I don’t actually want anything, I can only stay a minute, I am dirty and I stink. That’s okay, he says I am just laying on the couch watching TV in my underwear, come on over. I walk in his open door, I do not knock, just as I am about to sit down, he yells hey is that paint wet. Nah I say not anymore. I am of course covered in it. Have you ever tried to paint basement stairs, you have to paint them kind of upside down, backwards and ahead of yourself. I have a plain white stripe as a “tramp stamp” on my lower back, I show him. I don’t intend to stay, but then a show about the white sturgeon of the Pacific Northwest is on, I am fascinated by the Native people’s conservation efforts, by the giant fight a huge fish gives the reporter. One river damages the habitat with a dam, killing the eggs of the fish. The other river is basically untouched, that fish looks to be eight feet long. They catch, measure, weigh, tag and release. We are both calling out, holy cow look at the size of that fish, and wow what a fight that is to pull in.
As I leave he stands on the edge of his driveway. His face shining at me. I raise my hand and give him a little cute wave, his hand twitches, I know he almost waved too.
This morning I text him, can I borrow a ladder that is lighter weight and easier for me to carry. For the price of breakfast he loans it to me, and furthermore scrapes all but a small section of the upper back clapboards of my house. I did the rest. After he leaves for work, I scrape for another three hours, smelling my neighbor’s barbeque of venison steaks. He has never made them before and lets me test the doneness, he gives me two beautiful steaks for dinner, and would have given me more, if I had let him.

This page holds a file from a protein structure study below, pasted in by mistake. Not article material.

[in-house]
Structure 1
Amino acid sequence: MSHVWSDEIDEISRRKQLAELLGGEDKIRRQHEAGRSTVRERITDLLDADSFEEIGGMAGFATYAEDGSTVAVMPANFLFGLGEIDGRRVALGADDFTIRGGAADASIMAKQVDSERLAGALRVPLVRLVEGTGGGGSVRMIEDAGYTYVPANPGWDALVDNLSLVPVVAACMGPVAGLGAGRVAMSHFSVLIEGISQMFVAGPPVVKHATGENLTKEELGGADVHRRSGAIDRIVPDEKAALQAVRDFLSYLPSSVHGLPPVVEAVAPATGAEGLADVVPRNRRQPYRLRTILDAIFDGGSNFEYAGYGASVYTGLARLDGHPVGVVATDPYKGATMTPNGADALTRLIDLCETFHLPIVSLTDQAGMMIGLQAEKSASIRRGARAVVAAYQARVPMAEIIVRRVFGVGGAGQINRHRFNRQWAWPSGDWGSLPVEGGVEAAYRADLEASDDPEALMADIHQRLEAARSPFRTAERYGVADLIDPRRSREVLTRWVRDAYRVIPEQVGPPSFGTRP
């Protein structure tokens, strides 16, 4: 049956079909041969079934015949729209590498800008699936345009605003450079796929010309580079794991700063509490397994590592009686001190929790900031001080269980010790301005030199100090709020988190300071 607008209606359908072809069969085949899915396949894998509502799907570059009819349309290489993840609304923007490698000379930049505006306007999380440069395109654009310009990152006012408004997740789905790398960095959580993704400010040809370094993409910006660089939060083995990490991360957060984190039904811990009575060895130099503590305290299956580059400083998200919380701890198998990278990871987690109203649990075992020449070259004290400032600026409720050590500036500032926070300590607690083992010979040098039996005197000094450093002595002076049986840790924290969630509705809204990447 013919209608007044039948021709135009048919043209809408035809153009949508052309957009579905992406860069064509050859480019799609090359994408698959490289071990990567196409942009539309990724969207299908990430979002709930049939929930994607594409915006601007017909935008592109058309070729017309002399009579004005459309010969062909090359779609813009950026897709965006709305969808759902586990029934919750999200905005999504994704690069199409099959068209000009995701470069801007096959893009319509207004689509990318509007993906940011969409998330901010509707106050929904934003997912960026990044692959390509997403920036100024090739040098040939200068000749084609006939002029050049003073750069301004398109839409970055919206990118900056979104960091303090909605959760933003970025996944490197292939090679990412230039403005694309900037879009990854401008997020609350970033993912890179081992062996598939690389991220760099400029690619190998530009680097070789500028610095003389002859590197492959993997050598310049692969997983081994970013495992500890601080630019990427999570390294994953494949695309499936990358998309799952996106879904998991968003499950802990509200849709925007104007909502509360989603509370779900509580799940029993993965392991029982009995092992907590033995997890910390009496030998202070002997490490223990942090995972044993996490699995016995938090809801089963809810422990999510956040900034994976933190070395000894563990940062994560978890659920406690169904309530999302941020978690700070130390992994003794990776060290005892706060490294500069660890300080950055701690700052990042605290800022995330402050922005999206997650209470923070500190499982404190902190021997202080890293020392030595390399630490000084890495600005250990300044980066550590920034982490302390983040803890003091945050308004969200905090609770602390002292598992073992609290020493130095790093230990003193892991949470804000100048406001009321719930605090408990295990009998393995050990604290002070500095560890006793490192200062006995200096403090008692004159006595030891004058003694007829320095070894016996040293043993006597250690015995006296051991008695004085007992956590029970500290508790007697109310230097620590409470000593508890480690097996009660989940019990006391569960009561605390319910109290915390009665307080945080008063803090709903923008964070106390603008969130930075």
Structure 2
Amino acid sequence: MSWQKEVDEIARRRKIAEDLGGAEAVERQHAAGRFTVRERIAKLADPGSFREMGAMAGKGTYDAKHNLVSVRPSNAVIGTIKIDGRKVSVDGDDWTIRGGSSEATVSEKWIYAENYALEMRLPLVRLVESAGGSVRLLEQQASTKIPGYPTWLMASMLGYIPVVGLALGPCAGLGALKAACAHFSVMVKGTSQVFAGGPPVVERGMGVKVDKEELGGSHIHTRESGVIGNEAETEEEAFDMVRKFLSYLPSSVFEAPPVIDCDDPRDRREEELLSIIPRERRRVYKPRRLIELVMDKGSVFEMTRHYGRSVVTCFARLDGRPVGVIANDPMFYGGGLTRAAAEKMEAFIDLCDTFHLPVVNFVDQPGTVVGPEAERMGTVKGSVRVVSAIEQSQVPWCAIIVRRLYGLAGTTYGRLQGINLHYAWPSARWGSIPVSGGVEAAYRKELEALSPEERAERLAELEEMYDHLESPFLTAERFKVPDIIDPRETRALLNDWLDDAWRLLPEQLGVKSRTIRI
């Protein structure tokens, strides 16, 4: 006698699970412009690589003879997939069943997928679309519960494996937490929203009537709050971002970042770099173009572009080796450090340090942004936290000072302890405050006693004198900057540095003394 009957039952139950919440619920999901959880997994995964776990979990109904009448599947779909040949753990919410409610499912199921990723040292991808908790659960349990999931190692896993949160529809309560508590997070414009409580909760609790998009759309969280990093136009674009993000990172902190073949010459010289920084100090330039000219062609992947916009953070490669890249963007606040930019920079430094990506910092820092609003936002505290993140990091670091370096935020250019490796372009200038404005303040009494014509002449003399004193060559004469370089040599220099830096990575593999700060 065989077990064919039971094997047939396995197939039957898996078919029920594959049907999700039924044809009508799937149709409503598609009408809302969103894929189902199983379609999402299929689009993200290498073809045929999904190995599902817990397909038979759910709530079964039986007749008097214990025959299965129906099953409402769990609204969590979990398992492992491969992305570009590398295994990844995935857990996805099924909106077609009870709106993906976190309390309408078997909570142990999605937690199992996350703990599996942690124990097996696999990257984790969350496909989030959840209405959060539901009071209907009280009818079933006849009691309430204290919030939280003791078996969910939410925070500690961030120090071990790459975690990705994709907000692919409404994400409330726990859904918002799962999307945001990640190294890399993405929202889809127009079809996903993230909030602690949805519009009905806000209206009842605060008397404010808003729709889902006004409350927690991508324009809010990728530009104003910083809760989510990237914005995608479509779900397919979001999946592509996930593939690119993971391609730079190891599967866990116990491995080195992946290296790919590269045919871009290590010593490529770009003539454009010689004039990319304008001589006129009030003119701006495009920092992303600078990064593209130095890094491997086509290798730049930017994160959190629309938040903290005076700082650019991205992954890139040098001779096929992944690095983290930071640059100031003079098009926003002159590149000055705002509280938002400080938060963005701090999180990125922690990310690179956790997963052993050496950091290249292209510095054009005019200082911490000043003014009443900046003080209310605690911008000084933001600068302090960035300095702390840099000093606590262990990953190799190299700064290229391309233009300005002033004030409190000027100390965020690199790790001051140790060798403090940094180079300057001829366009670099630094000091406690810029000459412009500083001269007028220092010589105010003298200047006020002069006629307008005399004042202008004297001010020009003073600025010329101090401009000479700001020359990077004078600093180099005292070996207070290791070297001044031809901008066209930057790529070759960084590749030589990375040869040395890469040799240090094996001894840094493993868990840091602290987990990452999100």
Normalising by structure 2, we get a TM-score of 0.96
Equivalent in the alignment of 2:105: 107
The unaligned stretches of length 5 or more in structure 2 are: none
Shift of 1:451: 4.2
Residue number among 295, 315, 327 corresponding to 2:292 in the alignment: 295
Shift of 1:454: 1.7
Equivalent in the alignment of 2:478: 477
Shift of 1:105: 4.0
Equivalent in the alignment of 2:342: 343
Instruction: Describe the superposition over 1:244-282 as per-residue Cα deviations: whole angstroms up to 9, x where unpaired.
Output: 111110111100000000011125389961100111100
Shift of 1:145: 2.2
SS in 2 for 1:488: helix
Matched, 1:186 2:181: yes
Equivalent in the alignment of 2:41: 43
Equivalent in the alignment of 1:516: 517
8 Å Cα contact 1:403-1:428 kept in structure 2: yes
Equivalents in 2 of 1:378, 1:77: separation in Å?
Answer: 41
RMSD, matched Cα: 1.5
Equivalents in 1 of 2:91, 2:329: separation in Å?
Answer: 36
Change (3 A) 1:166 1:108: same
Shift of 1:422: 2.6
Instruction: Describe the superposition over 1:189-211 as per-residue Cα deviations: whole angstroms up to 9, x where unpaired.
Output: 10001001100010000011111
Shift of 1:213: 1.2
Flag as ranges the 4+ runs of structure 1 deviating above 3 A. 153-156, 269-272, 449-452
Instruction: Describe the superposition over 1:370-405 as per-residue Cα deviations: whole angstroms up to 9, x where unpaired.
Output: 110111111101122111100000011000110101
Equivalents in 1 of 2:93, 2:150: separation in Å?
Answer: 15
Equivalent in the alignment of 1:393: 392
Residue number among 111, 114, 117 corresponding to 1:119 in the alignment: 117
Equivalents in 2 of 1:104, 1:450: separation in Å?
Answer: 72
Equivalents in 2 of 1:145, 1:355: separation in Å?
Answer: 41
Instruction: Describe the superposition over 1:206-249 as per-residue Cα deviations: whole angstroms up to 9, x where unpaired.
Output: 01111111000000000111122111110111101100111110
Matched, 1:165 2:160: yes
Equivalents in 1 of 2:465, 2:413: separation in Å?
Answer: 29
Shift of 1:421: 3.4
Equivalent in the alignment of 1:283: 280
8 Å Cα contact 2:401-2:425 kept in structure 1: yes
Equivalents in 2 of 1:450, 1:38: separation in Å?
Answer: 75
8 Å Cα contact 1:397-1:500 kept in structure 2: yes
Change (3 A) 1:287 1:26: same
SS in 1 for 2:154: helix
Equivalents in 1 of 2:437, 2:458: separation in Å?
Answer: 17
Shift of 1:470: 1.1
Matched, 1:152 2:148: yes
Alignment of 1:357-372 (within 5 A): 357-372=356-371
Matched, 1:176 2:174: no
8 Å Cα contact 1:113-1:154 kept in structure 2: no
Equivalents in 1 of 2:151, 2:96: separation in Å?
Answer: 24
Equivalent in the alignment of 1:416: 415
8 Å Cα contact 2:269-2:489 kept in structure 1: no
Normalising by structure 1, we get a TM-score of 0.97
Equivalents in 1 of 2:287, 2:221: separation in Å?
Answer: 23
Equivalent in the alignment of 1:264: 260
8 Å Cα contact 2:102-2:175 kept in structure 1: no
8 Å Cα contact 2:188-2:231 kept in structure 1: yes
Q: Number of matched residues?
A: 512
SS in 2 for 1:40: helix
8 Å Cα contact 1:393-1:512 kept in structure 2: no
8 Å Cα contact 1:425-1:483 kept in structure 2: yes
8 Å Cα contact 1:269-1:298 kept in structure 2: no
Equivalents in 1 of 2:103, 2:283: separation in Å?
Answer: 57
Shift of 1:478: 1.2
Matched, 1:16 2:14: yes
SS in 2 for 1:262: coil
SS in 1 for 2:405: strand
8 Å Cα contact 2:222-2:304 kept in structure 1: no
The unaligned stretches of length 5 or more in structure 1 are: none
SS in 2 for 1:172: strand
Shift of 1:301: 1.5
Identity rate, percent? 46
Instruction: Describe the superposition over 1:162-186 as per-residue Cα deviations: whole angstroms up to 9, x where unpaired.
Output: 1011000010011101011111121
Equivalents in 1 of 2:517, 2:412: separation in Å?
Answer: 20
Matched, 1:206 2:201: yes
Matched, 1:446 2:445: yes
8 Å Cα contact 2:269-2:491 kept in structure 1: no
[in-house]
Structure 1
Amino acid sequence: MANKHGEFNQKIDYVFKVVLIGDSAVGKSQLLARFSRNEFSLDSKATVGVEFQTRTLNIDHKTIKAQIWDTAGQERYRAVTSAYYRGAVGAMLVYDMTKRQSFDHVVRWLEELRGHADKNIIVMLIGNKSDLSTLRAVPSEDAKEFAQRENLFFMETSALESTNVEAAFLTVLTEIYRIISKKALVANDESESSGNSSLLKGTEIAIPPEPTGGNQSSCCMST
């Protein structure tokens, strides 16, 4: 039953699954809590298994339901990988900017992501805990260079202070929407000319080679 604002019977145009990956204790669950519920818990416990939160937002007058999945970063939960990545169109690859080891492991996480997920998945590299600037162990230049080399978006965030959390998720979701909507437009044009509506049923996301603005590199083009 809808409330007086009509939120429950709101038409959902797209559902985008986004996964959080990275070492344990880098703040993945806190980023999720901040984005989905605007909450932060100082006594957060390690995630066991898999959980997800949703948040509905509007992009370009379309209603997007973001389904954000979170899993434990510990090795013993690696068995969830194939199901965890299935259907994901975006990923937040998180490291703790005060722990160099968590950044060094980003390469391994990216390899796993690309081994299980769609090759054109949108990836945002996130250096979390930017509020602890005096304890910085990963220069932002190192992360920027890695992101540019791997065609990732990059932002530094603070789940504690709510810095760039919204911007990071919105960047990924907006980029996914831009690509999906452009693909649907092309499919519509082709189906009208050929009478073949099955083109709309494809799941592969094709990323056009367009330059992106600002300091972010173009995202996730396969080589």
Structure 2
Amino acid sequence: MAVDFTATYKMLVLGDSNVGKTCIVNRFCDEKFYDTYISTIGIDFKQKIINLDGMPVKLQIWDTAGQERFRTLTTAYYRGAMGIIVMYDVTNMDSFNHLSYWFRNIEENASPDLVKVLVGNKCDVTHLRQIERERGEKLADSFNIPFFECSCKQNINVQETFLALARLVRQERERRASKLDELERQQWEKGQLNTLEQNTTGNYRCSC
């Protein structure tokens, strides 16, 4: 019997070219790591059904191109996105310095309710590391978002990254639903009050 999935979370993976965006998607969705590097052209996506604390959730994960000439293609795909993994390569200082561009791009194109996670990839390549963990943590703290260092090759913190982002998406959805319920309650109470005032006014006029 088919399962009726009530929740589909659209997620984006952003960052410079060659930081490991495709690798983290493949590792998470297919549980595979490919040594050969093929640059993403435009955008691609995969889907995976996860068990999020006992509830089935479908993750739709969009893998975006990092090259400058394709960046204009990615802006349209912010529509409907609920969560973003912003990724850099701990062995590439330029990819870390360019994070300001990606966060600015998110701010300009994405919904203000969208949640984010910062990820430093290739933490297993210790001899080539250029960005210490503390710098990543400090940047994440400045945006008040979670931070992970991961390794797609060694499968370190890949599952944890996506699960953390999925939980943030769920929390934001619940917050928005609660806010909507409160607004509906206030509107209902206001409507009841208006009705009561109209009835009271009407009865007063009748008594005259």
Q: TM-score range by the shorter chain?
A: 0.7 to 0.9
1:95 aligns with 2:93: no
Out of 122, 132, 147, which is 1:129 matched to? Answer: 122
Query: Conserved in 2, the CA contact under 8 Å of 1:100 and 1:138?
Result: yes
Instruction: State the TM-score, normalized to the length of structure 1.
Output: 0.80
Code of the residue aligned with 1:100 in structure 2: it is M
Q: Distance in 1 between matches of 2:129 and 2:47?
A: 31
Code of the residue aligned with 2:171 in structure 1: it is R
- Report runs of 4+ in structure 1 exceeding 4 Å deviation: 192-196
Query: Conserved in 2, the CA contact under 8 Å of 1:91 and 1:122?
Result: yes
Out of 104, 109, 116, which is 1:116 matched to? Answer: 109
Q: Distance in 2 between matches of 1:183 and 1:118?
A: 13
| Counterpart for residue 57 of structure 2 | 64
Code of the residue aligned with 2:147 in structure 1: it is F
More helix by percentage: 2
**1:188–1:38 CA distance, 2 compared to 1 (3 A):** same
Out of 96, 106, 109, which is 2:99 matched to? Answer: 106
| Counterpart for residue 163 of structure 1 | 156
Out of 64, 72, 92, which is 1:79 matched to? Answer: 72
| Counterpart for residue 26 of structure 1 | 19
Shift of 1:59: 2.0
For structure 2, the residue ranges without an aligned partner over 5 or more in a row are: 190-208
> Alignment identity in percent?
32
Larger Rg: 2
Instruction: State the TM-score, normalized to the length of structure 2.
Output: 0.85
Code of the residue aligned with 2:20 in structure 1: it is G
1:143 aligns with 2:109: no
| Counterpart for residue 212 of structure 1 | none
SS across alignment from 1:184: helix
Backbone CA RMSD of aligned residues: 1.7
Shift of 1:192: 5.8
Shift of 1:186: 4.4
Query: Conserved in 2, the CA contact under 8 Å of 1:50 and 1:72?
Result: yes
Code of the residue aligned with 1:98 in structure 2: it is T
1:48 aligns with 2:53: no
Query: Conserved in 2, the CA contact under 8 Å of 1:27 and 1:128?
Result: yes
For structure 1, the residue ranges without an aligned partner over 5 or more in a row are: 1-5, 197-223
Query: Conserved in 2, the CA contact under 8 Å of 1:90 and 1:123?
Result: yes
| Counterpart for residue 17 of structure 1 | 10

Keep up the good work B. says. You are working so hard, you are doing an amazing job. Thanks I say, you are the only one who has said that to me. Everyone else is bitching at me, calling me and bugging me; be done now! But you aren’t ready yet, say’s J. You cannot even walk through the house without tripping over something. I know I say. It is so much pressure I say, so many changes, and so much to do. I need this I tell B. I need people to cheer me on. That’s what I am here for he says.
I cannot even move my arms anymore I say to the neighbor. Time to take a break, if it hurts now imagine what it will be later. I am taking the fourth off, I say, so I wanted to get as much done as I could. I clean up all the paint off the ground and weed around the flagstone, putting my two ladders in the shed. Just as the rain begins to fall. You will sleep good tonight, says my neighbor. You know it I say. I look up at my house, at what my man did, at what I did.
It feels good to have this in my life, after all these years of not.